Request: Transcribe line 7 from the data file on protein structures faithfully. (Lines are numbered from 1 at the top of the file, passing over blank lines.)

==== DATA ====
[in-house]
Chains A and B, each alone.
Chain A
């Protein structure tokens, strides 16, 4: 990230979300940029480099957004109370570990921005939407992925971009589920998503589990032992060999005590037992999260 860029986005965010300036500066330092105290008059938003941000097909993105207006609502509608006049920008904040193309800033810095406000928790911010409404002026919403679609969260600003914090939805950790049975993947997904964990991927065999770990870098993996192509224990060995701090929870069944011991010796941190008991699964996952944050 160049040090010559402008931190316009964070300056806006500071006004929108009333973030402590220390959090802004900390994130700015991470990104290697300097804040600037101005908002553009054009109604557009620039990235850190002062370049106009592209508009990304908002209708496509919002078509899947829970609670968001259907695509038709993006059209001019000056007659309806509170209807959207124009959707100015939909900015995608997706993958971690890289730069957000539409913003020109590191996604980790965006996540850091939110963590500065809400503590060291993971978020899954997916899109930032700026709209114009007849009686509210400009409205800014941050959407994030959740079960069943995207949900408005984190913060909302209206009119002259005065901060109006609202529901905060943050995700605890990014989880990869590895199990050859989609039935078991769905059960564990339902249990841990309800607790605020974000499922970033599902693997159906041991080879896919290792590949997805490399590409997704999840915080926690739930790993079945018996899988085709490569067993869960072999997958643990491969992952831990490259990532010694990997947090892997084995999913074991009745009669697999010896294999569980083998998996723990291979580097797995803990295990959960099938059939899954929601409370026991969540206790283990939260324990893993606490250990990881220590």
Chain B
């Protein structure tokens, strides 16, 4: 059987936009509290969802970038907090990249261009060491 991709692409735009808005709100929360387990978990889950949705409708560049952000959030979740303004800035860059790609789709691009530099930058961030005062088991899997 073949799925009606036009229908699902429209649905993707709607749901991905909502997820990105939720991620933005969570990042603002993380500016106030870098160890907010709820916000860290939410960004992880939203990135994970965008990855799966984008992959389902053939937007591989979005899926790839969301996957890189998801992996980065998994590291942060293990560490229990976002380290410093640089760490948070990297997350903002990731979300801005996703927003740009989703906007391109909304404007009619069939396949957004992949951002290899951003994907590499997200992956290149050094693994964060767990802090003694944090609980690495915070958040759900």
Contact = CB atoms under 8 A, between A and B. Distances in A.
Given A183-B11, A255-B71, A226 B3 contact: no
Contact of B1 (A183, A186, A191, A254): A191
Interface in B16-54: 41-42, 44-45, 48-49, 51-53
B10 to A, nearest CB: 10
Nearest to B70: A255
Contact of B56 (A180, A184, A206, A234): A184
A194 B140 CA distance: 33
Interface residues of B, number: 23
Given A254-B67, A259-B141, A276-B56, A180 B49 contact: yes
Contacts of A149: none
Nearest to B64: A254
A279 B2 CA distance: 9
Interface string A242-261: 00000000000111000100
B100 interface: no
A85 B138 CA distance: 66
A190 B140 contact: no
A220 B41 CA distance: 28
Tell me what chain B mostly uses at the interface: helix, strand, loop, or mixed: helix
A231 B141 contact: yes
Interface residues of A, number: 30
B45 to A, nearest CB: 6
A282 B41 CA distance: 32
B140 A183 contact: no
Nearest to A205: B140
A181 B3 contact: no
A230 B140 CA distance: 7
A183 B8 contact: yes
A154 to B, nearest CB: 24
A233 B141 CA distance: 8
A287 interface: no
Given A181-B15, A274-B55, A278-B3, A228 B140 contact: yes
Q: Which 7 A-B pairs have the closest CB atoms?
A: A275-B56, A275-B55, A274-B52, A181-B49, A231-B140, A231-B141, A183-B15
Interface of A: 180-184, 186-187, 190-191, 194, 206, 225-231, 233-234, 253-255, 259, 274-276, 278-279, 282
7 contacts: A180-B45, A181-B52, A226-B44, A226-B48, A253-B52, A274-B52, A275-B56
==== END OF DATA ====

Contact = CB atoms under 8 A, between A and B. Distances in A.